A global analysis of multitrial data investigating quality of life and symptoms as prognostic factors for survival in different tumor sites
BACKGROUND The objective of this study was to examine the prognostic value of baseline health-related quality of life (HRQOL) for survival with regard to different cancer sites using 1 standardized and validated patient self-assessment tool. METHODS In total, 11 different cancer sites pooled from 30 European Organization for Research and Treatment of Cancer (EORTC) randomized controlled trials were selected for this study. For each cancer site, univariate and multivariate Cox proportional hazards modeling was used to assess the prognostic value (P <.05) of 15 HRQOL parameters using the EORTC Core Quality of Life Questionnaire (QLQ-C30). Models were adjusted for age, sex, and World Health Organization performance status and were stratified by distant metastasis. RESULTS In total, 7417 patients completed the EORTC QLQ-C30 before randomization. In brain cancer, cognitive functioning was predictive for survival; in breast cancer, physical functioning, emotional functioning, global health status, and nausea and vomiting were predictive for survival; in colorectal cancer, physical functioning, nausea and vomiting, pain, and appetite loss were predictive for survival; in esophageal cancer, physical functioning and social functioning were predictive for survival; in head and neck cancer, emotional functioning, nausea and vomiting, and dyspnea were predictive for survival; in lung cancer, physical functioning and pain were predictive for survival; in melanoma, physical functioning was predictive for survival; in ovarian cancer, nausea and vomiting were predictive for survival; in pancreatic cancer, global health status was predictive for survival; in prostate cancer, role functioning and appetite loss were predictive for survival; and, in testis cancer, role functioning was predictive for survival. CONCLUSIONS The current results demonstrated that, for each cancer site, at least 1 HRQOL domain provided prognostic information that was additive over and above clinical and sociodemographic variables. © 2013 American Cancer Society.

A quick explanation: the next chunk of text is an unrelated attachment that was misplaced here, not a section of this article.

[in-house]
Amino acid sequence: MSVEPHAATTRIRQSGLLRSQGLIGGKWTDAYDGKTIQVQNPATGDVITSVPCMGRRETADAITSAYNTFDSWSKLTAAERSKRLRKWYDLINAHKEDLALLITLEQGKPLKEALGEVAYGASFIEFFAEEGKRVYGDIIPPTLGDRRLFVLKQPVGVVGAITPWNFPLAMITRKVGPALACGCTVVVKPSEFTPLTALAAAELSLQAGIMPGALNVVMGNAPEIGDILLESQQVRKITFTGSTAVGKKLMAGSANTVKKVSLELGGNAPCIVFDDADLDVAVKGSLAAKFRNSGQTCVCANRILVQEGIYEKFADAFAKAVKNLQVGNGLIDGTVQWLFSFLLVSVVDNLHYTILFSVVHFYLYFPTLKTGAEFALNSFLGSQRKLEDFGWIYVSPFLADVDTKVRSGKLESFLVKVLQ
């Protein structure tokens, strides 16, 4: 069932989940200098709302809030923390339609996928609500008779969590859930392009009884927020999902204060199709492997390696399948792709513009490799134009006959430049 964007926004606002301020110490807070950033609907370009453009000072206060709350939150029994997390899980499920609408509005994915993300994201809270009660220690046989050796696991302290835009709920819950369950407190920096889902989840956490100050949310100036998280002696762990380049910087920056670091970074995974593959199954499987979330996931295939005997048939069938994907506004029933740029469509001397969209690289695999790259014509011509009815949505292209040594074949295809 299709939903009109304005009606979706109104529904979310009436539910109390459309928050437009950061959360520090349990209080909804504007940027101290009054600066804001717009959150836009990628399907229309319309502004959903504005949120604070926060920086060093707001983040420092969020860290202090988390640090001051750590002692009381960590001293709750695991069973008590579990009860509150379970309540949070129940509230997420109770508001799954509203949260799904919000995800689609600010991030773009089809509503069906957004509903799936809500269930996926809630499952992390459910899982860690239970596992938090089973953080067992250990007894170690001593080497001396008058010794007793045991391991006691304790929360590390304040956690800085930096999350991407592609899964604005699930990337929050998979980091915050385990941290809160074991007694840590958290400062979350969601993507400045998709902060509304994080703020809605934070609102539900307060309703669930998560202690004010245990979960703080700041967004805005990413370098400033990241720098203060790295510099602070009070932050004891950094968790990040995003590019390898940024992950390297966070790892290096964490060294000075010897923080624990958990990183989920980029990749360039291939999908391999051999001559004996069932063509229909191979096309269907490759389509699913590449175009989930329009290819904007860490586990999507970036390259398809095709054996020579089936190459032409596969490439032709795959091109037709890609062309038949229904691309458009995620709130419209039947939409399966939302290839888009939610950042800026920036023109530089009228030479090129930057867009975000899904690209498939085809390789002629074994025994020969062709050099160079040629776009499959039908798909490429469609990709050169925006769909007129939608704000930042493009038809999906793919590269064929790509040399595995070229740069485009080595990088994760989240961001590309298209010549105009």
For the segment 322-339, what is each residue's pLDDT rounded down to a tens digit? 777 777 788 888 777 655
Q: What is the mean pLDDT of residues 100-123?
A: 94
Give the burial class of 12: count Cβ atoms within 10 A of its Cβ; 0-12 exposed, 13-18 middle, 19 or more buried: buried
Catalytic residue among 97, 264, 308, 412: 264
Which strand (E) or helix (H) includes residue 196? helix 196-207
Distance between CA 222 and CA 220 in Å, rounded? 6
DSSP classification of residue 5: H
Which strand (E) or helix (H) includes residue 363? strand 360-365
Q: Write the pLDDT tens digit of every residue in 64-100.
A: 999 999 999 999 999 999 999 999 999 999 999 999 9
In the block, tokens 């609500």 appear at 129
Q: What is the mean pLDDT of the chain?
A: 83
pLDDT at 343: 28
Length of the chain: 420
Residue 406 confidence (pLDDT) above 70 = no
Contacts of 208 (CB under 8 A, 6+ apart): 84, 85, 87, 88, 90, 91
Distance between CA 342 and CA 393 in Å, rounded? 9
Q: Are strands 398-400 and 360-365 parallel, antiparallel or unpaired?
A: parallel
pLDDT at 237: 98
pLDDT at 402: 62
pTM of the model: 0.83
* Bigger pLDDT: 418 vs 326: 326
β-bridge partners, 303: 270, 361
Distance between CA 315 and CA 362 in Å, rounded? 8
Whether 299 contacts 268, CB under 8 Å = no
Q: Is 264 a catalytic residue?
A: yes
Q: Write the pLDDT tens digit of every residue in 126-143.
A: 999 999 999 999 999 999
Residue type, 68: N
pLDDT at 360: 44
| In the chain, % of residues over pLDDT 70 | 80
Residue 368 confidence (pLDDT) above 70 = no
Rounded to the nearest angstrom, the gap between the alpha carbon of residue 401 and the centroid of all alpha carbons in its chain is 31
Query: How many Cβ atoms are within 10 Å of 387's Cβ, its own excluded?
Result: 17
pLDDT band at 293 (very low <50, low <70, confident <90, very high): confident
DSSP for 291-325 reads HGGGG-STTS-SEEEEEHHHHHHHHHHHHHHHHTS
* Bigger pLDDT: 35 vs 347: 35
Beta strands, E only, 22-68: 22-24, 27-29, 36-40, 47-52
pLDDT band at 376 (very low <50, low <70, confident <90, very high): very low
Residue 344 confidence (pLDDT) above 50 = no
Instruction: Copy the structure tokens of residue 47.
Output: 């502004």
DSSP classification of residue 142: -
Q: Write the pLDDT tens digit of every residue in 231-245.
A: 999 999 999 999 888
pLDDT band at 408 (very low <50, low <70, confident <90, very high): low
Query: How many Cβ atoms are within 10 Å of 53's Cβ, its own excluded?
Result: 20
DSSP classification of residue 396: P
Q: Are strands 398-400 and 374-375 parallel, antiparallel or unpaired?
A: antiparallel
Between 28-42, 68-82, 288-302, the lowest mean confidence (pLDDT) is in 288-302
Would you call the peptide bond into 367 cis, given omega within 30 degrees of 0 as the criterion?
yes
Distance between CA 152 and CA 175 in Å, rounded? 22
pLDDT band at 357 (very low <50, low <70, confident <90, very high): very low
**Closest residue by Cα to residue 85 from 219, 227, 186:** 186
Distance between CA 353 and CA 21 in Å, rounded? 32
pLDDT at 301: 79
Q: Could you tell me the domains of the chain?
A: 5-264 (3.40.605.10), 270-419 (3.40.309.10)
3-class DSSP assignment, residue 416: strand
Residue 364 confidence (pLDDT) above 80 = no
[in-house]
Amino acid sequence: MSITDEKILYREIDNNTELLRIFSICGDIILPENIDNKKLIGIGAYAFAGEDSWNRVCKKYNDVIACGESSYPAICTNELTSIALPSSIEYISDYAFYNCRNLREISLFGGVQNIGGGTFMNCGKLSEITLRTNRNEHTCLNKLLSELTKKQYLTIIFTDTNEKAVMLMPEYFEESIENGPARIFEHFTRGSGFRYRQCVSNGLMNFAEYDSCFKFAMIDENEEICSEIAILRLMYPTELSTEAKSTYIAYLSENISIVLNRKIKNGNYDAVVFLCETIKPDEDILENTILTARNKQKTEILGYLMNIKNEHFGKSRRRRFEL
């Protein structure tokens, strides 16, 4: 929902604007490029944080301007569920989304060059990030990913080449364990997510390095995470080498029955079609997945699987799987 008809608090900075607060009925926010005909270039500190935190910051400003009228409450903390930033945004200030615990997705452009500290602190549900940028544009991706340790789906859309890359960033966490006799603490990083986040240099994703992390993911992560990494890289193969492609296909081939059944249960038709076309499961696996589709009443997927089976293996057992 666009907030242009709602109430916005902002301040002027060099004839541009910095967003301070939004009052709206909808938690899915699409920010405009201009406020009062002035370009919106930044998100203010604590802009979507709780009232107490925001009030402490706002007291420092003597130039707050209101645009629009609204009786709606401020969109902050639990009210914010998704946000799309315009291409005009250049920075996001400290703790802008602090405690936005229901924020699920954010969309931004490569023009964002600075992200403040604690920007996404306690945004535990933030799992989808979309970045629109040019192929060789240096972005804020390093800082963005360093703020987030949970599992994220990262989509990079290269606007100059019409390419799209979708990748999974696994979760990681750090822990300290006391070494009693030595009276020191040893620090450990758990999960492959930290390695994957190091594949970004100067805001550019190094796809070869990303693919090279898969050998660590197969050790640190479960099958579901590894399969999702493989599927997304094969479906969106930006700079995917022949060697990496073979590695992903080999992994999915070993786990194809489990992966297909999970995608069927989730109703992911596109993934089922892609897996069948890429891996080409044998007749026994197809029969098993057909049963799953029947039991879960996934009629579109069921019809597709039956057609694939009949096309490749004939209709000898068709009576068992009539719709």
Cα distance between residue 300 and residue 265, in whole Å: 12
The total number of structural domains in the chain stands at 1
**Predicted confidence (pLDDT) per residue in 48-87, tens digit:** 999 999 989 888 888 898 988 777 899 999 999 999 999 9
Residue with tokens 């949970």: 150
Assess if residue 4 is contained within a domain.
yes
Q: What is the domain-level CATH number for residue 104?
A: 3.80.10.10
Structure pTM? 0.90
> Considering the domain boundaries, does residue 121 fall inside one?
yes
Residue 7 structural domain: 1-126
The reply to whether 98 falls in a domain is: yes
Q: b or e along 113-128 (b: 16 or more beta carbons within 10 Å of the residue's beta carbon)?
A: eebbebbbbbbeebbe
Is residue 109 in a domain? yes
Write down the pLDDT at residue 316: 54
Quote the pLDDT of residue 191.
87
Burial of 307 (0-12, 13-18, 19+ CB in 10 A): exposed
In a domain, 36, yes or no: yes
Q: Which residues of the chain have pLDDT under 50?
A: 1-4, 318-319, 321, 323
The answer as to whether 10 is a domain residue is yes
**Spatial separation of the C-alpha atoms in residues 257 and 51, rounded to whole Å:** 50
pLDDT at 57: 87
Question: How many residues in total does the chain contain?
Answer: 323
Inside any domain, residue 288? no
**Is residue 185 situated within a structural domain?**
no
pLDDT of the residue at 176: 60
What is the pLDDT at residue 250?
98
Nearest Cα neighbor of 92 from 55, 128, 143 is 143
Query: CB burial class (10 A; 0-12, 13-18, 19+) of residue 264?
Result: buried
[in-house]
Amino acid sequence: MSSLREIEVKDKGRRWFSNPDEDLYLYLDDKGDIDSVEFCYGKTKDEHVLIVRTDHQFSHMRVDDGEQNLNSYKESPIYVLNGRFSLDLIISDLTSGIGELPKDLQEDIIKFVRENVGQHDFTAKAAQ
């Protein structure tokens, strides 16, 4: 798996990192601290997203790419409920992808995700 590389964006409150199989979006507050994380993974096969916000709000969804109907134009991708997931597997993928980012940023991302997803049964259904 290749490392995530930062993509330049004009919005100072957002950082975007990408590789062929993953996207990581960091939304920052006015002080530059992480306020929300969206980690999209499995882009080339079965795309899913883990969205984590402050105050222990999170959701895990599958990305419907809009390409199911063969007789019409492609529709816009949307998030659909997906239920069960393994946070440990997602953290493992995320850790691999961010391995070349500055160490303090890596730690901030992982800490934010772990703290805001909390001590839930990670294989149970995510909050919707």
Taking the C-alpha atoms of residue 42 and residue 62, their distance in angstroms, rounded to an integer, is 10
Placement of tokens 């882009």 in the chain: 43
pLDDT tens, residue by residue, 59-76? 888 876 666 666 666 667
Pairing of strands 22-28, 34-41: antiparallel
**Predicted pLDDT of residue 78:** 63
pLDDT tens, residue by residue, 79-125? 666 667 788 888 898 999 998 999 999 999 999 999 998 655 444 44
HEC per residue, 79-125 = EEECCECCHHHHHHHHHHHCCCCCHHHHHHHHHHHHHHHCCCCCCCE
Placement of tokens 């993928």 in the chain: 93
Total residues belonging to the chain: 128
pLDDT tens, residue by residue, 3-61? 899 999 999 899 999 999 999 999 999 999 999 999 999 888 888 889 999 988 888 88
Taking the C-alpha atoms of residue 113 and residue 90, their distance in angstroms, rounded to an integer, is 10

Quinten, C; Martinelli, F; Coens, C; Sprangers, MAG; Ringash, J; Gotay, C; Bjordal, K; Greimel, E; Reeve, BB; Maringwa, J; Ediebah, DE; Zikos, E; King, MT; Osoba, D; Taphoorn, MJ; Flechtner, H; Schmucker-Von Koch, J; Weis, J; Bottomley, A
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